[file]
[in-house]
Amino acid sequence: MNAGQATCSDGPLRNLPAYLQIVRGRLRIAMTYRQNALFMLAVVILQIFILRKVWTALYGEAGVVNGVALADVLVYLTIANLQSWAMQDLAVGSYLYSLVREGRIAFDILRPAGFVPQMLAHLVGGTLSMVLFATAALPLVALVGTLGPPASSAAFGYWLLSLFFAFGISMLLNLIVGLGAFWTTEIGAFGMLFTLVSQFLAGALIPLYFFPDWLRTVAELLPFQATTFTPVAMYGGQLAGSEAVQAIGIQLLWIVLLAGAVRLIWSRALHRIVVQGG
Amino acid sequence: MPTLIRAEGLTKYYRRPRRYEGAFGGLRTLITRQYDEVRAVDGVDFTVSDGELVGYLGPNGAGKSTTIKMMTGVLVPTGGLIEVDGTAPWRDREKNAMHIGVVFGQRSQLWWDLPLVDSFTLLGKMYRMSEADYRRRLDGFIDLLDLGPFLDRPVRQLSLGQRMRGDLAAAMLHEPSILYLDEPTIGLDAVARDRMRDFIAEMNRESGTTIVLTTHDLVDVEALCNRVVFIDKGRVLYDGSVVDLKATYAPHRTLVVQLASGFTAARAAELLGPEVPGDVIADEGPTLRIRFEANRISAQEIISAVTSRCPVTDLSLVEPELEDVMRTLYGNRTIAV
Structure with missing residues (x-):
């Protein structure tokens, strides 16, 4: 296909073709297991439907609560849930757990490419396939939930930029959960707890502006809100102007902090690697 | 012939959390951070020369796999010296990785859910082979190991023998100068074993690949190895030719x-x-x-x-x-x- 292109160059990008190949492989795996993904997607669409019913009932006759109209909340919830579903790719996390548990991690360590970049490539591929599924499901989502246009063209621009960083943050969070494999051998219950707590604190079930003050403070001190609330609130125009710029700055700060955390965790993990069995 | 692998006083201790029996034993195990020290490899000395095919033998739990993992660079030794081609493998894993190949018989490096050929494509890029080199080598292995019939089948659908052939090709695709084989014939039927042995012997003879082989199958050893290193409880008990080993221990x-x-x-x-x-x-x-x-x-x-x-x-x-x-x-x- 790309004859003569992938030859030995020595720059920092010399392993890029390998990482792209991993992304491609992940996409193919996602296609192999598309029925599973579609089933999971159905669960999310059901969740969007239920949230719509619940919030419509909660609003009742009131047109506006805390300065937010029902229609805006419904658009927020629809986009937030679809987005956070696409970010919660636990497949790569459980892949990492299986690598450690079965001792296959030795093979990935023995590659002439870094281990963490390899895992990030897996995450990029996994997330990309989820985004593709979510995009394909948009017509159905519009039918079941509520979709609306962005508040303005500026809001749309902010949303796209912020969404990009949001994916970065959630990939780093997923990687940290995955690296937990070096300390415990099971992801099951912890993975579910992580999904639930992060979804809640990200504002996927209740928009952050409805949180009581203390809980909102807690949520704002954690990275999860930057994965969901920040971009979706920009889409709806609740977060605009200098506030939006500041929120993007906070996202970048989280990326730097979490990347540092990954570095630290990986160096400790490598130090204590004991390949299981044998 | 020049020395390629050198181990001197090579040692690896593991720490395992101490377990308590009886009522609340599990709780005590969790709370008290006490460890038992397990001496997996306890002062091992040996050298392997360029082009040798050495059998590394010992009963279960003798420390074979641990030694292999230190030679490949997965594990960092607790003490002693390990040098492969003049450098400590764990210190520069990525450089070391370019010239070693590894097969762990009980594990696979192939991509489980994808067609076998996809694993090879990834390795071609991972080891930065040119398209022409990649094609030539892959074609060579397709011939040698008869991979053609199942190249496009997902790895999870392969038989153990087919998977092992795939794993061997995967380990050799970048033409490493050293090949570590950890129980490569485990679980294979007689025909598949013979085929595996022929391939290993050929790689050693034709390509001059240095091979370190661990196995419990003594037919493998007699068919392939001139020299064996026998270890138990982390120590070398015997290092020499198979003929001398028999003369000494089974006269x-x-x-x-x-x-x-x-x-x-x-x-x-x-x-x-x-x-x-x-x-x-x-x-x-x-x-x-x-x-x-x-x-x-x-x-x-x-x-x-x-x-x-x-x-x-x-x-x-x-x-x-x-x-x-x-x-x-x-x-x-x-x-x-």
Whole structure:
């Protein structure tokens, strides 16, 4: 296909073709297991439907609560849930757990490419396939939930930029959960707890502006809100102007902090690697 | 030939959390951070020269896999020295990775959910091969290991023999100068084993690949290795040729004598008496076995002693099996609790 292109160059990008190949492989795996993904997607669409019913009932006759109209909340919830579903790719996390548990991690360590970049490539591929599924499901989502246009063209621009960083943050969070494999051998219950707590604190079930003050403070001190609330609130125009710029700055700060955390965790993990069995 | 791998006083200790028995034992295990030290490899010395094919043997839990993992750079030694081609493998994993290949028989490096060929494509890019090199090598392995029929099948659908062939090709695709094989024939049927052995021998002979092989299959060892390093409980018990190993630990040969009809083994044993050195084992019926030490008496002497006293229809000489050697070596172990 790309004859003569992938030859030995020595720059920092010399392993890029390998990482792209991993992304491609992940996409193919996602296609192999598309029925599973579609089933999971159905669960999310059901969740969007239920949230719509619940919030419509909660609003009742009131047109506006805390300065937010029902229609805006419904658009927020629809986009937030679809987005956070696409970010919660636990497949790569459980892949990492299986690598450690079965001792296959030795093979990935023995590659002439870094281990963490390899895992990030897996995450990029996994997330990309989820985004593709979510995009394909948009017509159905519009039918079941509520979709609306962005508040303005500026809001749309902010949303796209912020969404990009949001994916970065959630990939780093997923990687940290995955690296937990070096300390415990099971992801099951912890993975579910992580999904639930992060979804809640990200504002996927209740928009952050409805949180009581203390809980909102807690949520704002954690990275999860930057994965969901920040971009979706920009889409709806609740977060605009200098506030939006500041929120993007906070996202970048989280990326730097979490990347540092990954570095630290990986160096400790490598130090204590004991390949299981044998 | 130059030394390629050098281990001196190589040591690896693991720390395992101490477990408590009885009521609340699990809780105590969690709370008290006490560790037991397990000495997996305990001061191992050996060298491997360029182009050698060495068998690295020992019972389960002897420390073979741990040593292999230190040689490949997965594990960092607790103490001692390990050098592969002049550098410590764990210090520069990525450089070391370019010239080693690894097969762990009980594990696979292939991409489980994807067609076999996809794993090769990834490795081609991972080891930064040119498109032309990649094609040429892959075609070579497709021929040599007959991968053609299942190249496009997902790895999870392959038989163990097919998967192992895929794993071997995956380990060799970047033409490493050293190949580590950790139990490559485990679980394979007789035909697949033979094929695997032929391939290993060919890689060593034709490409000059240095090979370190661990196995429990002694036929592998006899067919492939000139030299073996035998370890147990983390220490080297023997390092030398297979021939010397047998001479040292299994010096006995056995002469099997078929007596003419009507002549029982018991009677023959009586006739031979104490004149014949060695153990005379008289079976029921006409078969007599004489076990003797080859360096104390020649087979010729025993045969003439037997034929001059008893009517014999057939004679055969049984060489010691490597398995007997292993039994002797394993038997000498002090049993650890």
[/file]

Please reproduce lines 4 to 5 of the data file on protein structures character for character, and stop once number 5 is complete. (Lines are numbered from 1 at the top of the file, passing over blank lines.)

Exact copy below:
Structure with missing residues (x-):
């Protein structure tokens, strides 16, 4: 296909073709297991439907609560849930757990490419396939939930930029959960707890502006809100102007902090690697 | 012939959390951070020369796999010296990785859910082979190991023998100068074993690949190895030719x-x-x-x-x-x- 292109160059990008190949492989795996993904997607669409019913009932006759109209909340919830579903790719996390548990991690360590970049490539591929599924499901989502246009063209621009960083943050969070494999051998219950707590604190079930003050403070001190609330609130125009710029700055700060955390965790993990069995 | 692998006083201790029996034993195990020290490899000395095919033998739990993992660079030794081609493998894993190949018989490096050929494509890029080199080598292995019939089948659908052939090709695709084989014939039927042995012997003879082989199958050893290193409880008990080993221990x-x-x-x-x-x-x-x-x-x-x-x-x-x-x-x- 790309004859003569992938030859030995020595720059920092010399392993890029390998990482792209991993992304491609992940996409193919996602296609192999598309029925599973579609089933999971159905669960999310059901969740969007239920949230719509619940919030419509909660609003009742009131047109506006805390300065937010029902229609805006419904658009927020629809986009937030679809987005956070696409970010919660636990497949790569459980892949990492299986690598450690079965001792296959030795093979990935023995590659002439870094281990963490390899895992990030897996995450990029996994997330990309989820985004593709979510995009394909948009017509159905519009039918079941509520979709609306962005508040303005500026809001749309902010949303796209912020969404990009949001994916970065959630990939780093997923990687940290995955690296937990070096300390415990099971992801099951912890993975579910992580999904639930992060979804809640990200504002996927209740928009952050409805949180009581203390809980909102807690949520704002954690990275999860930057994965969901920040971009979706920009889409709806609740977060605009200098506030939006500041929120993007906070996202970048989280990326730097979490990347540092990954570095630290990986160096400790490598130090204590004991390949299981044998 | 020049020395390629050198181990001197090579040692690896593991720490395992101490377990308590009886009522609340599990709780005590969790709370008290006490460890038992397990001496997996306890002062091992040996050298392997360029082009040798050495059998590394010992009963279960003798420390074979641990030694292999230190030679490949997965594990960092607790003490002693390990040098492969003049450098400590764990210190520069990525450089070391370019010239070693590894097969762990009980594990696979192939991509489980994808067609076998996809694993090879990834390795071609991972080891930065040119398209022409990649094609030539892959074609060579397709011939040698008869991979053609199942190249496009997902790895999870392969038989153990087919998977092992795939794993061997995967380990050799970048033409490493050293090949570590950890129980490569485990679980294979007689025909598949013979085929595996022929391939290993050929790689050693034709390509001059240095091979370190661990196995419990003594037919493998007699068919392939001139020299064996026998270890138990982390120590070398015997290092020499198979003929001398028999003369000494089974006269x-x-x-x-x-x-x-x-x-x-x-x-x-x-x-x-x-x-x-x-x-x-x-x-x-x-x-x-x-x-x-x-x-x-x-x-x-x-x-x-x-x-x-x-x-x-x-x-x-x-x-x-x-x-x-x-x-x-x-x-x-x-x-x-």